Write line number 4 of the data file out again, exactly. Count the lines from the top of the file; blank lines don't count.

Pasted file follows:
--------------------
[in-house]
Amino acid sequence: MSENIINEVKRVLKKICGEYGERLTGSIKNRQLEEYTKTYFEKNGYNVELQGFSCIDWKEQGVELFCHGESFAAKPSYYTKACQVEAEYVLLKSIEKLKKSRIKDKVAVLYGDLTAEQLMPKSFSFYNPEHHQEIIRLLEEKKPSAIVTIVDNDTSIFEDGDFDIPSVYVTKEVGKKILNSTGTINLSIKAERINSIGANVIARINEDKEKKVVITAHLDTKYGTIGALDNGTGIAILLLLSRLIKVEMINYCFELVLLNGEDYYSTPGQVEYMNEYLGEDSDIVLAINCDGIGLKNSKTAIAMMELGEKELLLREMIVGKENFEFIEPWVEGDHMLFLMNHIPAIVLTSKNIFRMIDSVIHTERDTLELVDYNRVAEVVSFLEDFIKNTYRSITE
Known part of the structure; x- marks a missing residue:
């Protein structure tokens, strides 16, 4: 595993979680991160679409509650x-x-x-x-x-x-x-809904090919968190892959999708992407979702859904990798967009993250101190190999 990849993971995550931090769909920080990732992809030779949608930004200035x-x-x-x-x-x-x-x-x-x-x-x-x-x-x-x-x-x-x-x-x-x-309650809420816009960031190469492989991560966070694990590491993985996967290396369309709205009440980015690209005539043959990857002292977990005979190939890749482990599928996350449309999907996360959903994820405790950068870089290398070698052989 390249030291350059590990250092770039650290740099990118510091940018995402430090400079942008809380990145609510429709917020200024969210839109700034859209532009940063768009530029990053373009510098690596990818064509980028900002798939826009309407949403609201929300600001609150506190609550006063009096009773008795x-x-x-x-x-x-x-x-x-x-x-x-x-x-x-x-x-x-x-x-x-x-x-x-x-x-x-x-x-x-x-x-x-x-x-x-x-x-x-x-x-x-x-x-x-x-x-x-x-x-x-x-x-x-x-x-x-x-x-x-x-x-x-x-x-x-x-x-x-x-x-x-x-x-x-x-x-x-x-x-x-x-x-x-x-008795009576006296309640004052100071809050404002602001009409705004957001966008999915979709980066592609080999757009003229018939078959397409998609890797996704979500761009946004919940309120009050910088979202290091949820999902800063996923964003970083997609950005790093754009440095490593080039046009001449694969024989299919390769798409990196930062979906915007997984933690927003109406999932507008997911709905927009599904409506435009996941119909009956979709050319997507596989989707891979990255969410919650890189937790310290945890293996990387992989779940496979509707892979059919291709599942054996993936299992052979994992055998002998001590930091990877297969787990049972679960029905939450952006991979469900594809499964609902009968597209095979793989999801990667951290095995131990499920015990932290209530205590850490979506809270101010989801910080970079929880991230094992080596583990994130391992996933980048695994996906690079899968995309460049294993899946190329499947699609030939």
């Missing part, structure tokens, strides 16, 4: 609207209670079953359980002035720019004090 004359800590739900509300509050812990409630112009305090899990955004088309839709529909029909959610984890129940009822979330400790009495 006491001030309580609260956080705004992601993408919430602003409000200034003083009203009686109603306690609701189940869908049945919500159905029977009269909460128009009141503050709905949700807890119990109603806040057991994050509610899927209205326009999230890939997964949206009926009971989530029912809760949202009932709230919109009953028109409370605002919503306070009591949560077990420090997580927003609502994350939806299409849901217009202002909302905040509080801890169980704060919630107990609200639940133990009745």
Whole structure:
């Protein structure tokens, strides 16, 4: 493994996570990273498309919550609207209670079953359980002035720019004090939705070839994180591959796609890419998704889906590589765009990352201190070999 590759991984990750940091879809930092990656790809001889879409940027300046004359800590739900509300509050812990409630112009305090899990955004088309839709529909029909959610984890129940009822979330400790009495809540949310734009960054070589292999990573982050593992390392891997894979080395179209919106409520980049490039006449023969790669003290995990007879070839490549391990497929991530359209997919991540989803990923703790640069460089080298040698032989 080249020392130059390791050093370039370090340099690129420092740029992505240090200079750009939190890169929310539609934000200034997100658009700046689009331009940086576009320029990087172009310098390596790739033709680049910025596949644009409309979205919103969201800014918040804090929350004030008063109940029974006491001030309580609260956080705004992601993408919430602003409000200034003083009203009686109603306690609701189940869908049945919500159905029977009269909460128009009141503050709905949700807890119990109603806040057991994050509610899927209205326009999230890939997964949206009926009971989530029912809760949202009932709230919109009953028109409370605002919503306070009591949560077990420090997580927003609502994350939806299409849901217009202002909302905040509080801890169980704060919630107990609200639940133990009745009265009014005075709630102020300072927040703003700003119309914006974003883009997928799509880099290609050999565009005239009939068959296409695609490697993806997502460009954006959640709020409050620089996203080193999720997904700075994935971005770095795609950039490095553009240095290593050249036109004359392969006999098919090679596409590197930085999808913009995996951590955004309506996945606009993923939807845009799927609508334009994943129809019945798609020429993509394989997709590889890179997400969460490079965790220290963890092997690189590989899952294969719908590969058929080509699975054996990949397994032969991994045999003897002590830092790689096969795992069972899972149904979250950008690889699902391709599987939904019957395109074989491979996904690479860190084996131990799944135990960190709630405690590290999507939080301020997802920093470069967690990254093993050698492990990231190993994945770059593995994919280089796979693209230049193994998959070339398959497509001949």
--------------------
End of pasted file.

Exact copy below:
């Protein structure tokens, strides 16, 4: 595993979680991160679409509650x-x-x-x-x-x-x-809904090919968190892959999708992407979702859904990798967009993250101190190999 990849993971995550931090769909920080990732992809030779949608930004200035x-x-x-x-x-x-x-x-x-x-x-x-x-x-x-x-x-x-x-x-x-x-309650809420816009960031190469492989991560966070694990590491993985996967290396369309709205009440980015690209005539043959990857002292977990005979190939890749482990599928996350449309999907996360959903994820405790950068870089290398070698052989 390249030291350059590990250092770039650290740099990118510091940018995402430090400079942008809380990145609510429709917020200024969210839109700034859209532009940063768009530029990053373009510098690596990818064509980028900002798939826009309407949403609201929300600001609150506190609550006063009096009773008795x-x-x-x-x-x-x-x-x-x-x-x-x-x-x-x-x-x-x-x-x-x-x-x-x-x-x-x-x-x-x-x-x-x-x-x-x-x-x-x-x-x-x-x-x-x-x-x-x-x-x-x-x-x-x-x-x-x-x-x-x-x-x-x-x-x-x-x-x-x-x-x-x-x-x-x-x-x-x-x-x-x-x-x-x-008795009576006296309640004052100071809050404002602001009409705004957001966008999915979709980066592609080999757009003229018939078959397409998609890797996704979500761009946004919940309120009050910088979202290091949820999902800063996923964003970083997609950005790093754009440095490593080039046009001449694969024989299919390769798409990196930062979906915007997984933690927003109406999932507008997911709905927009599904409506435009996941119909009956979709050319997507596989989707891979990255969410919650890189937790310290945890293996990387992989779940496979509707892979059919291709599942054996993936299992052979994992055998002998001590930091990877297969787990049972679960029905939450952006991979469900594809499964609902009968597209095979793989999801990667951290095995131990499920015990932290209530205590850490979506809270101010989801910080970079929880991230094992080596583990994130391992996933980048695994996906690079899968995309460049294993899946190329499947699609030939």